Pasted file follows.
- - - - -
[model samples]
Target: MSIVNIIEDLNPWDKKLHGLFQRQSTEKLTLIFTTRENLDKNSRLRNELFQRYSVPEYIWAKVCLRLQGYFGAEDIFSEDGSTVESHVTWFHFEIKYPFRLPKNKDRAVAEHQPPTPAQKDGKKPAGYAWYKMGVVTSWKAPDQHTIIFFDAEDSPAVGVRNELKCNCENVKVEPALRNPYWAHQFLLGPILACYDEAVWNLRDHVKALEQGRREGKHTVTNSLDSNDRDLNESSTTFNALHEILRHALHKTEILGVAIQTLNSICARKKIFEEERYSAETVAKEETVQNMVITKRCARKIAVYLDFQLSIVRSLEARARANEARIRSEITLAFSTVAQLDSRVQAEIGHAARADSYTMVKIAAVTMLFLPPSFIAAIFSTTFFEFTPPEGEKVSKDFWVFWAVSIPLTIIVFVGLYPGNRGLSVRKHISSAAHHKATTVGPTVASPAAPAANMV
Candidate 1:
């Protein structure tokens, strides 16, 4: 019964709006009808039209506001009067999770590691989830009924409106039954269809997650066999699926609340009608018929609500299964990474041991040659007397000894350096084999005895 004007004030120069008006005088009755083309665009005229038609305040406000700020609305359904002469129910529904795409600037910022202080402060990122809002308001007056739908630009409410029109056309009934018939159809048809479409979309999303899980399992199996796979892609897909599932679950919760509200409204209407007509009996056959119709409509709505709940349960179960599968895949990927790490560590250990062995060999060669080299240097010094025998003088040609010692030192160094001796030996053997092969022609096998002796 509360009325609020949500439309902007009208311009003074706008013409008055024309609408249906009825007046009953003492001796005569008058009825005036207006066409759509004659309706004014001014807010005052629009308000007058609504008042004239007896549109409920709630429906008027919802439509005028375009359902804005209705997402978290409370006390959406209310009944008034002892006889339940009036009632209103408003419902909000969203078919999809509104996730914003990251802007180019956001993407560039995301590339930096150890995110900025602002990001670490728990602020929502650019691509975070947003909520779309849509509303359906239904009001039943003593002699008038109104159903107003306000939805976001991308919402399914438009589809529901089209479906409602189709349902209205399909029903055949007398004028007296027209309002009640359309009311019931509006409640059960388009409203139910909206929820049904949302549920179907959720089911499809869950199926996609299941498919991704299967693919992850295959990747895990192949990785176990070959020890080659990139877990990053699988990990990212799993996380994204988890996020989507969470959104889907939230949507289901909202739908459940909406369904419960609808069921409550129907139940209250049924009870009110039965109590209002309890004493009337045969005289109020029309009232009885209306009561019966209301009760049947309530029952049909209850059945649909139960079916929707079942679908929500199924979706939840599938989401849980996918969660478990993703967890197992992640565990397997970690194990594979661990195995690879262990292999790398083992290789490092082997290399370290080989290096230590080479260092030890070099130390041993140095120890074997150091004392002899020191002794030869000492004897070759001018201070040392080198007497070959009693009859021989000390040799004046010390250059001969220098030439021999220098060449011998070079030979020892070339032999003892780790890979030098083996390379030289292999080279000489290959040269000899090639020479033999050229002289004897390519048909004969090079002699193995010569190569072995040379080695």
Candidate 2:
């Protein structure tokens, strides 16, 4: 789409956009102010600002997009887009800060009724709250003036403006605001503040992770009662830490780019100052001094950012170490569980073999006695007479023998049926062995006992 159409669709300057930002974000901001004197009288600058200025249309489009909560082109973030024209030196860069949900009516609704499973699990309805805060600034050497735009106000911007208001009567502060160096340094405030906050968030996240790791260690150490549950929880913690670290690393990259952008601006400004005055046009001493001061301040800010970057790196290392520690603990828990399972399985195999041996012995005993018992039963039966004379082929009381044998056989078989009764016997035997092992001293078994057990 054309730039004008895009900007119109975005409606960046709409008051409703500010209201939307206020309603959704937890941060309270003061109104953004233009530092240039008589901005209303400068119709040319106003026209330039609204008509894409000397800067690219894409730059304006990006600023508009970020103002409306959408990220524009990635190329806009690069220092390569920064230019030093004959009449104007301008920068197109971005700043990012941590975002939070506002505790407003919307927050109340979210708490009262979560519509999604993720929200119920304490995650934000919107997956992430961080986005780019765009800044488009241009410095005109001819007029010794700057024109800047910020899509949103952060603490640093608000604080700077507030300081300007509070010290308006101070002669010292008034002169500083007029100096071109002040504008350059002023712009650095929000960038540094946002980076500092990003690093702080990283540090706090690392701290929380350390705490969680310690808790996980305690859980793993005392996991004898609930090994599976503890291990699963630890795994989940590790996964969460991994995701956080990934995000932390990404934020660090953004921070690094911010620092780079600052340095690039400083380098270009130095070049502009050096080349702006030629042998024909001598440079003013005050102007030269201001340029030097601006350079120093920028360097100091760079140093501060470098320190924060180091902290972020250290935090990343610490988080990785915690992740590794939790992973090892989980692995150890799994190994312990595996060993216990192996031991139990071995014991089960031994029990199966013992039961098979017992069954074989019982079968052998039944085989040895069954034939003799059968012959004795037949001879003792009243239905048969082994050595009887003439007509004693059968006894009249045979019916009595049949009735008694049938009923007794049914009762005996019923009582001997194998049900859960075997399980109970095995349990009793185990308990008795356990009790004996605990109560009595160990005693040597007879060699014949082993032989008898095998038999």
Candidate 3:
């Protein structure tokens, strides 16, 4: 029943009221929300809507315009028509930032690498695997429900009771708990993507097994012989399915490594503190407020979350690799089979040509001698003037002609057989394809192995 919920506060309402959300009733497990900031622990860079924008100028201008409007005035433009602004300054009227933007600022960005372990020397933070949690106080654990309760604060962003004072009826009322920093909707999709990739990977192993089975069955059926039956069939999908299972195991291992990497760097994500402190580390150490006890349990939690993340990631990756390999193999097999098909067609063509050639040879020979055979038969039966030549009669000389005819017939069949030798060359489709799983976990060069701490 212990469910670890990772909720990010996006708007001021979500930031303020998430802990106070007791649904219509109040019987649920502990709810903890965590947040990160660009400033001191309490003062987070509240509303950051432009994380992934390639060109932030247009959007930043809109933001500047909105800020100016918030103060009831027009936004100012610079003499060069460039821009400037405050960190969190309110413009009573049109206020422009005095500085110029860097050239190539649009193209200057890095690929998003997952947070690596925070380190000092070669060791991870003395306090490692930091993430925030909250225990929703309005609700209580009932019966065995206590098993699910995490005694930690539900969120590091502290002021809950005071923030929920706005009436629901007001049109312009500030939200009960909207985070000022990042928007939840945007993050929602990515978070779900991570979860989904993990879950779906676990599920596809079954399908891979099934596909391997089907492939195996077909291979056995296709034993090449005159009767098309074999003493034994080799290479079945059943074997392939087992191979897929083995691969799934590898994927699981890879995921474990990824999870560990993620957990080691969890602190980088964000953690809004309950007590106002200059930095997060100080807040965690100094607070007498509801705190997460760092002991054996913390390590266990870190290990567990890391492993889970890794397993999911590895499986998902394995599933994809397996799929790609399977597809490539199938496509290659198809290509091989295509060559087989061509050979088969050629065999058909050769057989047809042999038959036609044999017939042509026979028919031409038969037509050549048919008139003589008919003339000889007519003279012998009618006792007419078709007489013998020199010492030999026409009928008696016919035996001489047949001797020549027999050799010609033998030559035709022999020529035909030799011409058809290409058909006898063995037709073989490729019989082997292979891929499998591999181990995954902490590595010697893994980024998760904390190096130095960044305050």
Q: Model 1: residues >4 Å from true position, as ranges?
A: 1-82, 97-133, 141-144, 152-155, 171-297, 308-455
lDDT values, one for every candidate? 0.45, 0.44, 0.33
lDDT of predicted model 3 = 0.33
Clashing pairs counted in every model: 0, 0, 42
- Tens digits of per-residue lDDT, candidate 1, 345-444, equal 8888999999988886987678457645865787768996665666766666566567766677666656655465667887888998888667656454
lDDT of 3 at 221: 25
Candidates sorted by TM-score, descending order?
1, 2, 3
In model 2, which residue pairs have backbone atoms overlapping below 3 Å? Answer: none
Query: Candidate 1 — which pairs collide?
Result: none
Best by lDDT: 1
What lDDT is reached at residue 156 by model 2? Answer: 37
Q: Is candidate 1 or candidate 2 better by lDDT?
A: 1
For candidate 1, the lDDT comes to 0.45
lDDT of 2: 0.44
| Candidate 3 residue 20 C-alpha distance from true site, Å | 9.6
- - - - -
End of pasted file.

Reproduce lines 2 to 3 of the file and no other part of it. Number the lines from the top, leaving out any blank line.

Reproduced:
Target: MSIVNIIEDLNPWDKKLHGLFQRQSTEKLTLIFTTRENLDKNSRLRNELFQRYSVPEYIWAKVCLRLQGYFGAEDIFSEDGSTVESHVTWFHFEIKYPFRLPKNKDRAVAEHQPPTPAQKDGKKPAGYAWYKMGVVTSWKAPDQHTIIFFDAEDSPAVGVRNELKCNCENVKVEPALRNPYWAHQFLLGPILACYDEAVWNLRDHVKALEQGRREGKHTVTNSLDSNDRDLNESSTTFNALHEILRHALHKTEILGVAIQTLNSICARKKIFEEERYSAETVAKEETVQNMVITKRCARKIAVYLDFQLSIVRSLEARARANEARIRSEITLAFSTVAQLDSRVQAEIGHAARADSYTMVKIAAVTMLFLPPSFIAAIFSTTFFEFTPPEGEKVSKDFWVFWAVSIPLTIIVFVGLYPGNRGLSVRKHISSAAHHKATTVGPTVASPAAPAANMV
Candidate 1: